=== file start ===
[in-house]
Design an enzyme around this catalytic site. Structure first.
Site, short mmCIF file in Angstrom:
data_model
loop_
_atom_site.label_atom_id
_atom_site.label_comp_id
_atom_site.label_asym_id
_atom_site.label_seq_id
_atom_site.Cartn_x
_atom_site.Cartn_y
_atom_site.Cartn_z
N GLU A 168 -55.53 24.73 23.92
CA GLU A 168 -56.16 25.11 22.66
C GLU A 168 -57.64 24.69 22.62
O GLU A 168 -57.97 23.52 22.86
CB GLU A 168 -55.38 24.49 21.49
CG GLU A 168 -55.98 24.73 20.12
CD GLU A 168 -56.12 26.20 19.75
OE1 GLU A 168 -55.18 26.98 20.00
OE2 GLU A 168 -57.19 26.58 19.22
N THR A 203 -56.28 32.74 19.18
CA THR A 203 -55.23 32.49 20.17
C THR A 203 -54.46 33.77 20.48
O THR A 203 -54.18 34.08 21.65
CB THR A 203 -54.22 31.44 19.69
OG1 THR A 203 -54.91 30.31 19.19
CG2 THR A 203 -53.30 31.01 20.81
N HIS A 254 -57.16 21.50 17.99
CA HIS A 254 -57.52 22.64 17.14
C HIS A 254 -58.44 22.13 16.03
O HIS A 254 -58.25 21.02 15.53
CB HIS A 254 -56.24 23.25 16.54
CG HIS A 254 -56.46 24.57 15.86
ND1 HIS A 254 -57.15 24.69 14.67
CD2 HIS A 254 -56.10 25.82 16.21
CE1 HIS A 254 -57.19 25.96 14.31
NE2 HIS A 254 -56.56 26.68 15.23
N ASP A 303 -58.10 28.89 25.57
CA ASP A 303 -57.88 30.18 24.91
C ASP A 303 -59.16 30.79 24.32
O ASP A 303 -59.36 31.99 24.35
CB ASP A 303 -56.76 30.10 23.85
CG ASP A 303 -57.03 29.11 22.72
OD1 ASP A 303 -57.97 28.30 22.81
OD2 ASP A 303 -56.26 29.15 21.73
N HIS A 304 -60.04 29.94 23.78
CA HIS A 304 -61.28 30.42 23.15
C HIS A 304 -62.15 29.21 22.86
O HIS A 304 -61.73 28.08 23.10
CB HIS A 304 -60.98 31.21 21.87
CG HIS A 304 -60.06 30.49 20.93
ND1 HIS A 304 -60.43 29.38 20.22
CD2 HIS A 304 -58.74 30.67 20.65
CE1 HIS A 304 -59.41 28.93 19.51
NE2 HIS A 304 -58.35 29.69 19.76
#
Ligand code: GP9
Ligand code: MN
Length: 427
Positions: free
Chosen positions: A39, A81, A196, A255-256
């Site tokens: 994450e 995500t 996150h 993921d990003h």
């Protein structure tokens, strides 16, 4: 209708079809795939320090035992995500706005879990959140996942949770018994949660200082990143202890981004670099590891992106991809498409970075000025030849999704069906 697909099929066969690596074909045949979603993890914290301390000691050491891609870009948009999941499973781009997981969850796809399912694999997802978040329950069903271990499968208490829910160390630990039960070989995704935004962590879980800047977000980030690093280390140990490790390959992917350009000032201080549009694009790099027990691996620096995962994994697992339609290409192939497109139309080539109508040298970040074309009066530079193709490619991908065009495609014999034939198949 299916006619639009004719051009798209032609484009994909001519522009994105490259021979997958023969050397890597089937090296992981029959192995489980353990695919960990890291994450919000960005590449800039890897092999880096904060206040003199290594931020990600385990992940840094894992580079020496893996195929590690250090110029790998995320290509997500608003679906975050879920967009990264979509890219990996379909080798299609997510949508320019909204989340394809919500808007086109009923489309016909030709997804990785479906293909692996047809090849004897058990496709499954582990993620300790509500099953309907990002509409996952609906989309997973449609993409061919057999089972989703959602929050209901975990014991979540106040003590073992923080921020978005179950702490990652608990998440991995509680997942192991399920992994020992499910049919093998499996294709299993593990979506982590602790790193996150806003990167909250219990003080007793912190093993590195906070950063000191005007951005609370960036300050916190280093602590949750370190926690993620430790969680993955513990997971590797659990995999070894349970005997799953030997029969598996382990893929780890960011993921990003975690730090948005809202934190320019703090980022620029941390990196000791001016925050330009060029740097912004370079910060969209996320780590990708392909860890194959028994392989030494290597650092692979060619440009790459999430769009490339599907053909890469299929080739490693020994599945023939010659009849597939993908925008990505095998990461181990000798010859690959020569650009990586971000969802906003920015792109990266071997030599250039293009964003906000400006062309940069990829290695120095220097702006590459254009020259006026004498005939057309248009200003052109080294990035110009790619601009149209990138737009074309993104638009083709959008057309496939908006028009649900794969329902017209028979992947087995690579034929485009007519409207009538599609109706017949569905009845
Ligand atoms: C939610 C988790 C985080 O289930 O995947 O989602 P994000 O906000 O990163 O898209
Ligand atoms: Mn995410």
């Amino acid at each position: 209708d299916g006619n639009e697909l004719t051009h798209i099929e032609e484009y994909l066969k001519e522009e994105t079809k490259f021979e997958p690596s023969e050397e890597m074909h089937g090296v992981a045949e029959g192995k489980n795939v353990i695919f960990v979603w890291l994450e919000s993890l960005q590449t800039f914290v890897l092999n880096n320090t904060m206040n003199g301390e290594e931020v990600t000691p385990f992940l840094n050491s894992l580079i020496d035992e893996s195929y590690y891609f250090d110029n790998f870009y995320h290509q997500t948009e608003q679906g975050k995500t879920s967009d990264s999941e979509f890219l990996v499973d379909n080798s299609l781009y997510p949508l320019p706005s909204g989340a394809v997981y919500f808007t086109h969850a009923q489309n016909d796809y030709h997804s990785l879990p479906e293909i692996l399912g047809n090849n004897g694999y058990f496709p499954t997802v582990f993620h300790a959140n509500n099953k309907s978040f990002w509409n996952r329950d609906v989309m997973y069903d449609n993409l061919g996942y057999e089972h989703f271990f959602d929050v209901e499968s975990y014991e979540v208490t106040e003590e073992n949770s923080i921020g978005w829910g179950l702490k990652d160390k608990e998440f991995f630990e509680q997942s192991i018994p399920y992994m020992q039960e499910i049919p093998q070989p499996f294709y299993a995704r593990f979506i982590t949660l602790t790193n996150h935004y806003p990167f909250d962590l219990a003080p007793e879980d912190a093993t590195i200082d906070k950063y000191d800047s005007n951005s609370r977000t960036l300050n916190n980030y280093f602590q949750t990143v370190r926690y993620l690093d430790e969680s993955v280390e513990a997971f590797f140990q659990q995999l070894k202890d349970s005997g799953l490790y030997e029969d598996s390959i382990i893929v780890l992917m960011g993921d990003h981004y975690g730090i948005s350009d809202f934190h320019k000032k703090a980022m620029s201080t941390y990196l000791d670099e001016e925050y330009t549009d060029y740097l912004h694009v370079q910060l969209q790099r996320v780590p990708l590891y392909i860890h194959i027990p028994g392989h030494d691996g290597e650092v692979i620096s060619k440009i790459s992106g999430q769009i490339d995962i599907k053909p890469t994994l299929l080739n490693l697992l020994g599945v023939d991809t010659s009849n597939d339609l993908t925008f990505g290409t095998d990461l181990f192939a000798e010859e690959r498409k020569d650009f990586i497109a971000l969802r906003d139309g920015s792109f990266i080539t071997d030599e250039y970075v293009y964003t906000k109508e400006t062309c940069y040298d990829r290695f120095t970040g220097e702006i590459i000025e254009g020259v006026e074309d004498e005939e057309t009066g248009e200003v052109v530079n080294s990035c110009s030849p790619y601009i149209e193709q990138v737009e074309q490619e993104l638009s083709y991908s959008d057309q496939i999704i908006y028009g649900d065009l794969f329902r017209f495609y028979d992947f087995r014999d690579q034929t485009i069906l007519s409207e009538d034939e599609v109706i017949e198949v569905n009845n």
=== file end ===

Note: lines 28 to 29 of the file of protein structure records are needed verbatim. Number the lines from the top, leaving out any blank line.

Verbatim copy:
CG2 THR A 203 -53.30 31.01 20.81
N HIS A 254 -57.16 21.50 17.99